• Golf is a game. It has rules. People need to conform to rules of the game to compete legitimately. People with disabilities prohibiting them from competing at their highest level without infringing on the rules governing the game are not being discriminated against. They are simply no longer able to compete in a game that has provided them with a source of income. Get your body in shape to conform to the rules of the game or succumb to the inevitable and move on. This does not belong in the courts. If golf is recognized as an honorable game where the competitors have the time honored tradition of respect for the rules to protect the integrity of the game, then people must realize when they are putting themselves ahead of the game.
    And I leave this one for last:
  • On November 7th I will be turning 56 with all the aches and pains and squeaks that accompany the advance of senior-dom. Over the past year, I started working out 3 times a week with a buddy from work. Nothing too strenuous. Twenty minutes on the bike and another forty-five doing light weights and stretches. The results have been remarkable for me. For the first time in 10 years or so, Ive been carrying my bag and loving it. My game hasnt suffered; in fact, in some aspects its even improved. I agree with you. I think athletes should be well tuned in order to compete at the highest level and that there comes a time when those who arent prepared to put forth the effort to stay in shape should consider stepping aside.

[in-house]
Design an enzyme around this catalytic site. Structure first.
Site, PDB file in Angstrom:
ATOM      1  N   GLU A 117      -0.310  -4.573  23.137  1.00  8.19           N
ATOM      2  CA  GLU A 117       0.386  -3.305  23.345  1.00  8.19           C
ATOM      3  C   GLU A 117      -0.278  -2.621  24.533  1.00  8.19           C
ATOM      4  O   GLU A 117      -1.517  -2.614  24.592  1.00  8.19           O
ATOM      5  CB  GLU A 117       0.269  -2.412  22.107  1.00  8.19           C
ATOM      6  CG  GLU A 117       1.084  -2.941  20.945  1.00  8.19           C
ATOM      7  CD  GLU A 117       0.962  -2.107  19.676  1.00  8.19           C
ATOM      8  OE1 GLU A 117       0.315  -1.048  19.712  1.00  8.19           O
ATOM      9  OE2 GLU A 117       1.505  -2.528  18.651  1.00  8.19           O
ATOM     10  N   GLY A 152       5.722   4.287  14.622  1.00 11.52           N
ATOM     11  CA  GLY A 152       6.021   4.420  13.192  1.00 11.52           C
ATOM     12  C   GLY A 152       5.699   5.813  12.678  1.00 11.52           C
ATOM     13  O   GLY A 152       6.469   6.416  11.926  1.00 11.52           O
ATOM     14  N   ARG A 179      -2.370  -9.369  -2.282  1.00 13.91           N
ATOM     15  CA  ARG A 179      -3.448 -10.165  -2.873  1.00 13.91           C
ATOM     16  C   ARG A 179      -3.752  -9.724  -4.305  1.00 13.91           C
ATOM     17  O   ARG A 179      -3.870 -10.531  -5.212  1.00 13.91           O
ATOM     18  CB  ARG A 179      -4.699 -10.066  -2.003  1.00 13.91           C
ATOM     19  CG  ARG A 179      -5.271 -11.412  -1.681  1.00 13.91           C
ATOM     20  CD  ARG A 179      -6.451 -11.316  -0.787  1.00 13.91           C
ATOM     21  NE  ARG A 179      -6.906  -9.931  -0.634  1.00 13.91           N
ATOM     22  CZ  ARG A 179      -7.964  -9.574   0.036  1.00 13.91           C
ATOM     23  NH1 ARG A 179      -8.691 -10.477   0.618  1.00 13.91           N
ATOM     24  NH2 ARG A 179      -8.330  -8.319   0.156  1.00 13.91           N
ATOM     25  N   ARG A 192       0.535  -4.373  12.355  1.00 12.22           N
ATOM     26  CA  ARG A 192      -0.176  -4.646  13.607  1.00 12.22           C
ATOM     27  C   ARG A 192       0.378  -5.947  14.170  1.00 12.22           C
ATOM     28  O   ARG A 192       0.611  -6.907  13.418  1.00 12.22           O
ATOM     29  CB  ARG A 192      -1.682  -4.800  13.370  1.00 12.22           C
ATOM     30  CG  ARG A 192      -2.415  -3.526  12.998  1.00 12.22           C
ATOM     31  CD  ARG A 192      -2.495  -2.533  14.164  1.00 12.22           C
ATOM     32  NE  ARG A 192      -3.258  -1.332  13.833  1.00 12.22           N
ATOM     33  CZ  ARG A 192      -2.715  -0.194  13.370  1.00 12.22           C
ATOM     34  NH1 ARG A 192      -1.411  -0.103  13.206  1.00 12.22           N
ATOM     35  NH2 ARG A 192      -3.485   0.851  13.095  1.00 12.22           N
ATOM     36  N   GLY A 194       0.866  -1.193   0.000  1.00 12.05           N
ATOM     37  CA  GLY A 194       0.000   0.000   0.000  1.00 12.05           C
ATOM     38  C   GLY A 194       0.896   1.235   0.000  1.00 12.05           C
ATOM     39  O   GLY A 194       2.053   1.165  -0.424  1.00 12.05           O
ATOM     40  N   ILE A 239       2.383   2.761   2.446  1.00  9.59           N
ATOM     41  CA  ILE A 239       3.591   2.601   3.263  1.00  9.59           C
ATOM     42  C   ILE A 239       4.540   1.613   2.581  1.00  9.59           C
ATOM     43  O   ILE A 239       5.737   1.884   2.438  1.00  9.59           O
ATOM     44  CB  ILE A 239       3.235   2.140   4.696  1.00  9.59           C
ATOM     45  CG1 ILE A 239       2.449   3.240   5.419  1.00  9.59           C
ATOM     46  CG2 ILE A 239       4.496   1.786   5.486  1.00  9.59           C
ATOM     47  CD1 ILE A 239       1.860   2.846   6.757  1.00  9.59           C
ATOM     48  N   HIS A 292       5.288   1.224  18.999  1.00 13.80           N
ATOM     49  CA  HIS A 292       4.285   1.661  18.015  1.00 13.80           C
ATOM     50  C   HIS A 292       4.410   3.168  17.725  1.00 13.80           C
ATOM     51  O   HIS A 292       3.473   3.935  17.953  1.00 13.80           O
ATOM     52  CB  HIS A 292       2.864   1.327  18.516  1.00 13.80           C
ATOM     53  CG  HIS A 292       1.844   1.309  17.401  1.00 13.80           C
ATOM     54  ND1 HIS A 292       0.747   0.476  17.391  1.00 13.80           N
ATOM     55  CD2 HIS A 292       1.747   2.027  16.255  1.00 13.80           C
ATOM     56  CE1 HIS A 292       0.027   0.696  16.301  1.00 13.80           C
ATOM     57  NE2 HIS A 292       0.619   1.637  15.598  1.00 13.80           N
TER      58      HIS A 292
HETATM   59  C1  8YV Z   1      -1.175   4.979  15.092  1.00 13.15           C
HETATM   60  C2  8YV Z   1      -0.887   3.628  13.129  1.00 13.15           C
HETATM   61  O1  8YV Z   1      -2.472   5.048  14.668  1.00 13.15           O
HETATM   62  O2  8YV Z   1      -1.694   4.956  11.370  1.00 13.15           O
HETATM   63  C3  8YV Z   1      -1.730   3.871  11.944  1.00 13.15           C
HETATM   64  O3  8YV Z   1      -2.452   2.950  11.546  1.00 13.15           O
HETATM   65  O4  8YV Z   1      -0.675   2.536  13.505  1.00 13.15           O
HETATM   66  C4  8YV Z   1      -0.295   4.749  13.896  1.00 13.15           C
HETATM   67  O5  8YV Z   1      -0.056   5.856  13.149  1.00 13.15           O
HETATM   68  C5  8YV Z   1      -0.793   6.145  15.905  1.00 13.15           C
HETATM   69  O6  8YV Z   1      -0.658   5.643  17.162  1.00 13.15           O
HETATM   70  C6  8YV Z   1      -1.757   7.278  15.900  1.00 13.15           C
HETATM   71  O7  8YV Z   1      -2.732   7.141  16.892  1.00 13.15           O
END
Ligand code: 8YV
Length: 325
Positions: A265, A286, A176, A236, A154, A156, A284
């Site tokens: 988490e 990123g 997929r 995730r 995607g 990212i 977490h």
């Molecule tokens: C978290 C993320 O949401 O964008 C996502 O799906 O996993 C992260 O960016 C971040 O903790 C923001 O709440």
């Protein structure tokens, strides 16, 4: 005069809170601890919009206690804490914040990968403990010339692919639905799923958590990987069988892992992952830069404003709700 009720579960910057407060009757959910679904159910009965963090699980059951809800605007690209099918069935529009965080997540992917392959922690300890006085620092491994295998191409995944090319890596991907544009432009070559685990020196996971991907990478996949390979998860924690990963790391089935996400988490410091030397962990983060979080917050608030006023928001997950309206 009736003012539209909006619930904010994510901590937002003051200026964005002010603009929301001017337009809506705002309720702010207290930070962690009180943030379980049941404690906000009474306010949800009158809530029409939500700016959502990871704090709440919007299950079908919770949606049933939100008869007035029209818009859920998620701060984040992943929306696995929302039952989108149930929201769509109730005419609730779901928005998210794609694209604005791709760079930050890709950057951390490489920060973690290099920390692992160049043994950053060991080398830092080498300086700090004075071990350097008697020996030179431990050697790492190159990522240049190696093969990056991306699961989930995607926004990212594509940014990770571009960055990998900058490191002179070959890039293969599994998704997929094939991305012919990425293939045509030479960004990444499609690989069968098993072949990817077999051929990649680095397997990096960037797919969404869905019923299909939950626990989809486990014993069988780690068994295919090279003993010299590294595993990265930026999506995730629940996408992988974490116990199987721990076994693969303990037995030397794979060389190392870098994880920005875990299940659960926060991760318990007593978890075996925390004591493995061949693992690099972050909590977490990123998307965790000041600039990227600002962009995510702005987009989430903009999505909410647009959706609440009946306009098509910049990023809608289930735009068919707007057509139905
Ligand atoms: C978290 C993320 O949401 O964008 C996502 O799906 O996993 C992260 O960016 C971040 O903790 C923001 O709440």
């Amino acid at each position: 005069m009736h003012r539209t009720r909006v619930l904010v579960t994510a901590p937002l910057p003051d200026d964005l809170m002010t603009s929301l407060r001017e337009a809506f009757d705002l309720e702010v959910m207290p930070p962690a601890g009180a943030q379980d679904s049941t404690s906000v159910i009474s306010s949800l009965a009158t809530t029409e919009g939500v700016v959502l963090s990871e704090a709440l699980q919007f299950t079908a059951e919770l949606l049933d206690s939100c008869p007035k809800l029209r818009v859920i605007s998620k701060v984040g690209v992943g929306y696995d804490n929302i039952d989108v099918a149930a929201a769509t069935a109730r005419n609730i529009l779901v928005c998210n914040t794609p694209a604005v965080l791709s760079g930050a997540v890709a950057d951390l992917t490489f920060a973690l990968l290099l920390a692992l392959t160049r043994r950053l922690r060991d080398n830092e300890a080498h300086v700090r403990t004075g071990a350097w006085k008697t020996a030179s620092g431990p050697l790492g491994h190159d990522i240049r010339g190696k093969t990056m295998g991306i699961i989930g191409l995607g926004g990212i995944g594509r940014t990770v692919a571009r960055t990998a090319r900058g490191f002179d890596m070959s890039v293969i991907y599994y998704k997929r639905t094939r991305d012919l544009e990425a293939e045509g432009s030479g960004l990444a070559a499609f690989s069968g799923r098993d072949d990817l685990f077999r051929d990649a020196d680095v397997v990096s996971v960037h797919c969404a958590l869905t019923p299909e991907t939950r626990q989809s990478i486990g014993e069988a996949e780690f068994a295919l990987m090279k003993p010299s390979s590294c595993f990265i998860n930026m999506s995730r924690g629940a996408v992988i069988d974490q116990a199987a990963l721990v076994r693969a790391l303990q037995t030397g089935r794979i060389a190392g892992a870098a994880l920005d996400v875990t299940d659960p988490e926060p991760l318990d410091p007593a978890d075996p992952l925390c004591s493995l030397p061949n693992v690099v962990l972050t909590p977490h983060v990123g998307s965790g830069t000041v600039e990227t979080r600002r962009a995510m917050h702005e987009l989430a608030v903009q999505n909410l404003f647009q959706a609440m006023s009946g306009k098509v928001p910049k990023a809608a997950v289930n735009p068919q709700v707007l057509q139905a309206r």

Some great arguments on both sides. This issue is sure to be decided in the coming months, most likely before the first tournament of 2005s Champions Tour season. Im not unsympathetic, or unwilling to see the other side. The beauty of all of this is the forum. I get my column each week on this site, and I hope Ive shown you that you get a voice too!
    Email your thoughts to Kraig Kann
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    Perez skips Torrey, 'upset' with Ryder Cup standings

    By Will GrayJanuary 24, 2018, 2:19 am

    Pat Perez is unhappy about his standing on the U.S. Ryder Cup points list, and his situation won't improve this week.

    Perez won the CIMB Classic during the fall portion of this season, and he followed that with a T-5 finish at the inaugural CJ Cup. But he didn't receive any Ryder Cup points for either result because of a rule enacted by the American task force prior to the 2014 Ryder Cup which only awards points during the calendar year of the biennial matches as well as select events like majors and WGCs during the prior year.